Three prisoners died on the passage out and a soldier was drowned. Cunningham remarked in his journal that the two prisoners who died of phthisis had become ill as a direct result of their treatment on the hulk by fellow prisoners. One of these was John Reid whose condition came to the attention of the surgeon late in the voyage. He was described as a tall bony thin man with dark sallow complexion and always in good health until he received a beating from his fellow prisoners on the hulk when he received a kick to his right side. Being a 'backward, modest man' he never complained to the surgeon of his troubles. He died on 23rd December 1827.

The third man who died was said to be a debauched individual who suffered with liver disease. Cunningham remarked that these three were the only prisoners who died out of almost 1000 prisoners, soldiers and passengers who came to New South Wales under his care in five voyages. [1]

Conflict Amongst the Convicts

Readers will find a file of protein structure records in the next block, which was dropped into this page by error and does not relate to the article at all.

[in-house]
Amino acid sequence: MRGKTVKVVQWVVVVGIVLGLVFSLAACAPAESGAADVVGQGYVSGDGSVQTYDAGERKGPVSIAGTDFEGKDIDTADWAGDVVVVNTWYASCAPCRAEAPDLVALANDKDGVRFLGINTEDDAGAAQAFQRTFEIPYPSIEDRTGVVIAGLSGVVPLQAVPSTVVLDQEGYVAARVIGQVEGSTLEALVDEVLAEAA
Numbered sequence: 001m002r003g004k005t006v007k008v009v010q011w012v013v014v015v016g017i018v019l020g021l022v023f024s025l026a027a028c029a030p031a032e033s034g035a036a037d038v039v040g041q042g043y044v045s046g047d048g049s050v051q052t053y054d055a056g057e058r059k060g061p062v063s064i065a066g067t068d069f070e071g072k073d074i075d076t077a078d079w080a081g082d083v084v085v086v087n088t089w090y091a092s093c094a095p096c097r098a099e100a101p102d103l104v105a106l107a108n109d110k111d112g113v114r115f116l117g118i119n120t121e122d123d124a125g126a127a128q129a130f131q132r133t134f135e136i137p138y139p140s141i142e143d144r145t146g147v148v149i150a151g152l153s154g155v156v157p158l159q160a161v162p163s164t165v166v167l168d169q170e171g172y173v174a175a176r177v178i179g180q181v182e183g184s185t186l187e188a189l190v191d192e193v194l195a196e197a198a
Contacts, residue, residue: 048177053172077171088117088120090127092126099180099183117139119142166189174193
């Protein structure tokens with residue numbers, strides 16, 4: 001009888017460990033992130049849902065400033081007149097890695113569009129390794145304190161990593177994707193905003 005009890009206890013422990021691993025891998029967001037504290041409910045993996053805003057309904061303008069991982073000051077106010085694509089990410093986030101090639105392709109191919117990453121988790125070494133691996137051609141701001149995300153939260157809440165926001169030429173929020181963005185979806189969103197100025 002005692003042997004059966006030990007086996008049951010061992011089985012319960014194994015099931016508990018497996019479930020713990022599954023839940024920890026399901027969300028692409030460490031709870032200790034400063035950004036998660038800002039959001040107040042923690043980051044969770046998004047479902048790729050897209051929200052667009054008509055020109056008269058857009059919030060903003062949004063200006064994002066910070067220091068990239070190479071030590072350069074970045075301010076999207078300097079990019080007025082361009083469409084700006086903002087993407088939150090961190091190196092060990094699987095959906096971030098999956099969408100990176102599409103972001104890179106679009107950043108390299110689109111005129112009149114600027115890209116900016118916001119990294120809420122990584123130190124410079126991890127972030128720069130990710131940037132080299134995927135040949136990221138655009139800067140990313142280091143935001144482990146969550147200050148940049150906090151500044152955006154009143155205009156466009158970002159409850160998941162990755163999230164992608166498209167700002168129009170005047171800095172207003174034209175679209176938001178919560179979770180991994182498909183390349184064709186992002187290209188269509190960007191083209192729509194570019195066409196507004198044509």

Peter Cunningham had written of the antipathy that existed between the Dublin boys, Cork boys and the North boys in Two years in New South Wales: A series of Letters comprising Sketches of the Actual State of Society in that Colony (1827)......The Irish divide themselves into three classes, namely, the Cork boys, the Dublin boys, and the North boys; and these are so zealous in upholding their respective tribes, that when two individuals of different classes quarrel, there is no possibility of arriving at the truth, since a dozen of each class will rush forward, and bawl out at once, in favour of their respective comrades, evidence of the most conflicting, contradictory nature. The North boys are commonly called Scotchmen by the others, and indeed many spoke the Scotch dialect so broadly as almost to puzzle me to unravel it.

Arrival in Port Jackson

The Morley arrived at Port Jackson on 3rd March 1828.

Convict Muster